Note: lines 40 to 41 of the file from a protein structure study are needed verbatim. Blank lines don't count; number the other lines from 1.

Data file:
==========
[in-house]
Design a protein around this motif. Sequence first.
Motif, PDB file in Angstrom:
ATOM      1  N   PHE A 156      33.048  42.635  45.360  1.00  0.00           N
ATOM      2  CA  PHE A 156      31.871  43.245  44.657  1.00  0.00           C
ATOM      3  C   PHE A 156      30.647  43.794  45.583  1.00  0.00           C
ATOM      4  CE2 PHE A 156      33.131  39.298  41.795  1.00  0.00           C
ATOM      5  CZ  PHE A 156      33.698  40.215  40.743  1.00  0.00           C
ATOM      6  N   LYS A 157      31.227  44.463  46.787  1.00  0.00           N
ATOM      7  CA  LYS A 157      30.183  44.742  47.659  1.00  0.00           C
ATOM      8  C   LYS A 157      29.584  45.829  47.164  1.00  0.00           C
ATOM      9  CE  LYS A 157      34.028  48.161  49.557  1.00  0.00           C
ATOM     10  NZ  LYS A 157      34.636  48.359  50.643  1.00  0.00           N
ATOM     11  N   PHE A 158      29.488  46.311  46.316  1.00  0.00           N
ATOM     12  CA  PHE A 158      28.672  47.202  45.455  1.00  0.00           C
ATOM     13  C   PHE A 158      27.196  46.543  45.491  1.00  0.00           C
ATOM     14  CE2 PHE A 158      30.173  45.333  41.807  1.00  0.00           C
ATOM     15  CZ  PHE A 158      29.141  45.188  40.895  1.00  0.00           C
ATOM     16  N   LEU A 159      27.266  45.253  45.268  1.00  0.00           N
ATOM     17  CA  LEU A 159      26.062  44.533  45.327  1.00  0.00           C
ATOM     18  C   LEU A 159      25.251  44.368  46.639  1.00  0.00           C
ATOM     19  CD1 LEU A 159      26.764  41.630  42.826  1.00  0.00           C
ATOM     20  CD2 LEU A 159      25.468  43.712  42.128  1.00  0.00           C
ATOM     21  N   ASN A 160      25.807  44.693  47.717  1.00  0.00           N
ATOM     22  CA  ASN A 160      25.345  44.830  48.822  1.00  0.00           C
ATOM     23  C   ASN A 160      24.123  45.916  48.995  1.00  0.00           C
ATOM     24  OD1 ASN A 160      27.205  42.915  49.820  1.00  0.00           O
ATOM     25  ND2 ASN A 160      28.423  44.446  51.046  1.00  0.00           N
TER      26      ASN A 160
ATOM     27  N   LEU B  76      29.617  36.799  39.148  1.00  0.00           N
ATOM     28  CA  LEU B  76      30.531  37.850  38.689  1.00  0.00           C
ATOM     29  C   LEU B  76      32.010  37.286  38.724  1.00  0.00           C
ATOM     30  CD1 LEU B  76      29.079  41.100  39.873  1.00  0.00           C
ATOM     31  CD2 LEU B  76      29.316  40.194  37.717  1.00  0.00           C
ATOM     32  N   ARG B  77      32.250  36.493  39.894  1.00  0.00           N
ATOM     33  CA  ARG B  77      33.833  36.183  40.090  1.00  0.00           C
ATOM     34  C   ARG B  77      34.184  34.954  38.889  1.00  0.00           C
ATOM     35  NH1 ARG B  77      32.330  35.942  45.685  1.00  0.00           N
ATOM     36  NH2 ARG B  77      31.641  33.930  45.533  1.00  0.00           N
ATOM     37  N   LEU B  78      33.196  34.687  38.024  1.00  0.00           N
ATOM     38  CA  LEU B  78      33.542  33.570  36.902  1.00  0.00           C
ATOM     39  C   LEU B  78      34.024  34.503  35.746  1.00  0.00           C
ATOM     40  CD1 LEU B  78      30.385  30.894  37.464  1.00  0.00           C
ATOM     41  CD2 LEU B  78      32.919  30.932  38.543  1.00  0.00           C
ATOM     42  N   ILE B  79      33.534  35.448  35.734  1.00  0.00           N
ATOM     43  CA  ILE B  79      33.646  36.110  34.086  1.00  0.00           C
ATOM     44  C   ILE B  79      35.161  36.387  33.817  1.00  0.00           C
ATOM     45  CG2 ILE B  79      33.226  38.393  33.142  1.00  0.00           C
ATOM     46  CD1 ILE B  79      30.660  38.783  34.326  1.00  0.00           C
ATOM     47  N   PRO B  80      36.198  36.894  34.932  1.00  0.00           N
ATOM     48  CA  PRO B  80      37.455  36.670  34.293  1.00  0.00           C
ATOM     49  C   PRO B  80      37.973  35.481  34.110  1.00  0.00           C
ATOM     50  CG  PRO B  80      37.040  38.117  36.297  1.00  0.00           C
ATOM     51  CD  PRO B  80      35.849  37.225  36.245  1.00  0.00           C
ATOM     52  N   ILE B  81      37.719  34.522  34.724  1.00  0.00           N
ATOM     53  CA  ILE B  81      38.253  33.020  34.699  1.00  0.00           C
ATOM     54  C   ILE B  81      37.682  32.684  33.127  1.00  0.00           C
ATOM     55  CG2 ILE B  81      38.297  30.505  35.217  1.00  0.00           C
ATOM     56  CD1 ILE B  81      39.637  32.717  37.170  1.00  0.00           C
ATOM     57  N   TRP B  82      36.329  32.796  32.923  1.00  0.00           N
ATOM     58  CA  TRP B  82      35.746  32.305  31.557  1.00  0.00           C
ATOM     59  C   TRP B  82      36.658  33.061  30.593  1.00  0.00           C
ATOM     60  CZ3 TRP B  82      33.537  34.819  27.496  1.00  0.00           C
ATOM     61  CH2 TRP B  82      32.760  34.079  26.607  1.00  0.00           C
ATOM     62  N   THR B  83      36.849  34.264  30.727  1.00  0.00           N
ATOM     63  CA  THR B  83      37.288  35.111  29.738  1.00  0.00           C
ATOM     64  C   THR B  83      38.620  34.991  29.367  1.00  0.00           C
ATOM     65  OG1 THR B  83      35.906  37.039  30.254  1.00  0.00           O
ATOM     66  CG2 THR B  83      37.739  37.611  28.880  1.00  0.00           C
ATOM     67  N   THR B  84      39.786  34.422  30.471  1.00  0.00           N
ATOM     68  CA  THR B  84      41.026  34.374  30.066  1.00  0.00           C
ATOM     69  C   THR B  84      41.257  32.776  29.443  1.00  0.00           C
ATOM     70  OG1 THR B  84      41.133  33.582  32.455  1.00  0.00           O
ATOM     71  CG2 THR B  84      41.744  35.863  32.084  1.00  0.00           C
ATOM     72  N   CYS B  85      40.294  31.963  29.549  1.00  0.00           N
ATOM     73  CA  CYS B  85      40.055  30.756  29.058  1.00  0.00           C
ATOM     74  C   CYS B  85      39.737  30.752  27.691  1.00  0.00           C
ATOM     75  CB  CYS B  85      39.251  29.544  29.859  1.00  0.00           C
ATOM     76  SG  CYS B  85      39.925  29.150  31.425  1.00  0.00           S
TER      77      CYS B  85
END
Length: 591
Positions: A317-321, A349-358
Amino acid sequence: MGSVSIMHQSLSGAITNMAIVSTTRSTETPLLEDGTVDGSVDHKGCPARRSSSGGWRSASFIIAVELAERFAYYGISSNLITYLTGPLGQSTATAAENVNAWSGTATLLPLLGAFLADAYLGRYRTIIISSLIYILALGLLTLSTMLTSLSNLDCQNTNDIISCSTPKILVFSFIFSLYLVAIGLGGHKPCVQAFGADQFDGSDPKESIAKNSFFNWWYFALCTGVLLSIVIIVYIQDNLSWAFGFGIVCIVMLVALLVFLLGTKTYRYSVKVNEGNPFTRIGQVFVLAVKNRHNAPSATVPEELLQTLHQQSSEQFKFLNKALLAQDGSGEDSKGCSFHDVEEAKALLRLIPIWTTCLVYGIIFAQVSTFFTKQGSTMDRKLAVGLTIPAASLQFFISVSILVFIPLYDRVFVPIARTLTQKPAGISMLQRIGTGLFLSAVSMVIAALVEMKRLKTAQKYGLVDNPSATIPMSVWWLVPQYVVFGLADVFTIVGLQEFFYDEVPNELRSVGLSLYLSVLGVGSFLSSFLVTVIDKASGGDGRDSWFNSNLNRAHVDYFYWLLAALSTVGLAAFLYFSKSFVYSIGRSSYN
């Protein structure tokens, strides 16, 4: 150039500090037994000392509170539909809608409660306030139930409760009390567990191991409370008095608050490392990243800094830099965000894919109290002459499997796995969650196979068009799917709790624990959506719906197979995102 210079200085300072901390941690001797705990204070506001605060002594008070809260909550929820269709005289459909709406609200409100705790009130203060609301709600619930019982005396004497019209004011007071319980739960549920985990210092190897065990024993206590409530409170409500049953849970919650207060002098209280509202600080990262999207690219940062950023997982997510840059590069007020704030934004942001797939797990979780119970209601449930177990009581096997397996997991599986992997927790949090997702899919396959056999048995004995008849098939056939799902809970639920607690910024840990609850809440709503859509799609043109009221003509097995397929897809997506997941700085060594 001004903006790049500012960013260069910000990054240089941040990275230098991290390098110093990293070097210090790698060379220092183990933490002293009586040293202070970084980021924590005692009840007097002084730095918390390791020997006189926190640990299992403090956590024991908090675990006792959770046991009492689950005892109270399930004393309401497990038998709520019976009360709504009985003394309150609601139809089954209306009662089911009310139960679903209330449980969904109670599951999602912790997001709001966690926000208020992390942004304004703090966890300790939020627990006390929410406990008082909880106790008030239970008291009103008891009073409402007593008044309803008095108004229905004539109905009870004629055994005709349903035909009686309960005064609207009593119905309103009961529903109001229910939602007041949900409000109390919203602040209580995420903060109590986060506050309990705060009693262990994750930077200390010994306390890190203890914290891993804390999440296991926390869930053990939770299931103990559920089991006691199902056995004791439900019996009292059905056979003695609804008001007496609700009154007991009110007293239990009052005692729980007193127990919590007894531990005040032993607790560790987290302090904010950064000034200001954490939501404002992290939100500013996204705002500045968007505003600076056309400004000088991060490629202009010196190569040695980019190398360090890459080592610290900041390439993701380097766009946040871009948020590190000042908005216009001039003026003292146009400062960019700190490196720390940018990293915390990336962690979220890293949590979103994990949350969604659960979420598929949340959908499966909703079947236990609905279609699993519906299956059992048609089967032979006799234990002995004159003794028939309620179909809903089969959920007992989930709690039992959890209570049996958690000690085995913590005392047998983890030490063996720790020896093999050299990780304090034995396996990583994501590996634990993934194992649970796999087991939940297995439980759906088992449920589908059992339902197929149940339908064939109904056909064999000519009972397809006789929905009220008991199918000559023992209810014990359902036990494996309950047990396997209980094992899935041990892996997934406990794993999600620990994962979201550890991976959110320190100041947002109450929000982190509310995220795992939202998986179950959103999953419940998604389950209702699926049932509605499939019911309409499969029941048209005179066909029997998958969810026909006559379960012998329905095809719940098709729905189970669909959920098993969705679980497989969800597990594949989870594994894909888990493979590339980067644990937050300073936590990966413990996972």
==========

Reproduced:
ATOM     37  N   LEU B  78      33.196  34.687  38.024  1.00  0.00           N
ATOM     38  CA  LEU B  78      33.542  33.570  36.902  1.00  0.00           C